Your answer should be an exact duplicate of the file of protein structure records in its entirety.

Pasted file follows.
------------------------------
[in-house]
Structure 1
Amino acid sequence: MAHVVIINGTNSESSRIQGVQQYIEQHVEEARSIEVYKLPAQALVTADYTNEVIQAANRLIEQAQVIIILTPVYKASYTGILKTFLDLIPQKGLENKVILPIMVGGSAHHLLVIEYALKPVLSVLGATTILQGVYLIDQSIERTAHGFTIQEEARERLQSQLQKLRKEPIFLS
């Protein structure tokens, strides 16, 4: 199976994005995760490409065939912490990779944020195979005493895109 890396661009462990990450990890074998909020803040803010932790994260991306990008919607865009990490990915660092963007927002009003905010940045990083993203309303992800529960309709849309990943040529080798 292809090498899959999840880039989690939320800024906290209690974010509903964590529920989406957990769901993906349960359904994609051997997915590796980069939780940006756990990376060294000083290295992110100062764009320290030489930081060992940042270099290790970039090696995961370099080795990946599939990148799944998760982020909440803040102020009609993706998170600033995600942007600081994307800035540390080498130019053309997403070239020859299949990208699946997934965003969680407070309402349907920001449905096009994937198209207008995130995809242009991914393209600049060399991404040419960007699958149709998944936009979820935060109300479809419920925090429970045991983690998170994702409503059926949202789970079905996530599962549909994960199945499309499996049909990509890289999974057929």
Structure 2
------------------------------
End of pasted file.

[in-house]
Structure 1
Amino acid sequence: MAHVVIINGTNSESSRIQGVQQYIEQHVEEARSIEVYKLPAQALVTADYTNEVIQAANRLIEQAQVIIILTPVYKASYTGILKTFLDLIPQKGLENKVILPIMVGGSAHHLLVIEYALKPVLSVLGATTILQGVYLIDQSIERTAHGFTIQEEARERLQSQLQKLRKEPIFLS
């Protein structure tokens, strides 16, 4: 199976994005995760490409065939912490990779944020195979005493895109 890396661009462990990450990890074998909020803040803010932790994260991306990008919607865009990490990915660092963007927002009003905010940045990083993203309303992800529960309709849309990943040529080798 292809090498899959999840880039989690939320800024906290209690974010509903964590529920989406957990769901993906349960359904994609051997997915590796980069939780940006756990990376060294000083290295992110100062764009320290030489930081060992940042270099290790970039090696995961370099080795990946599939990148799944998760982020909440803040102020009609993706998170600033995600942007600081994307800035540390080498130019053309997403070239020859299949990208699946997934965003969680407070309402349907920001449905096009994937198209207008995130995809242009991914393209600049060399991404040419960007699958149709998944936009979820935060109300479809419920925090429970045991983690998170994702409503059926949202789970079905996530599962549909994960199945499309499996049909990509890289999974057929």
Structure 2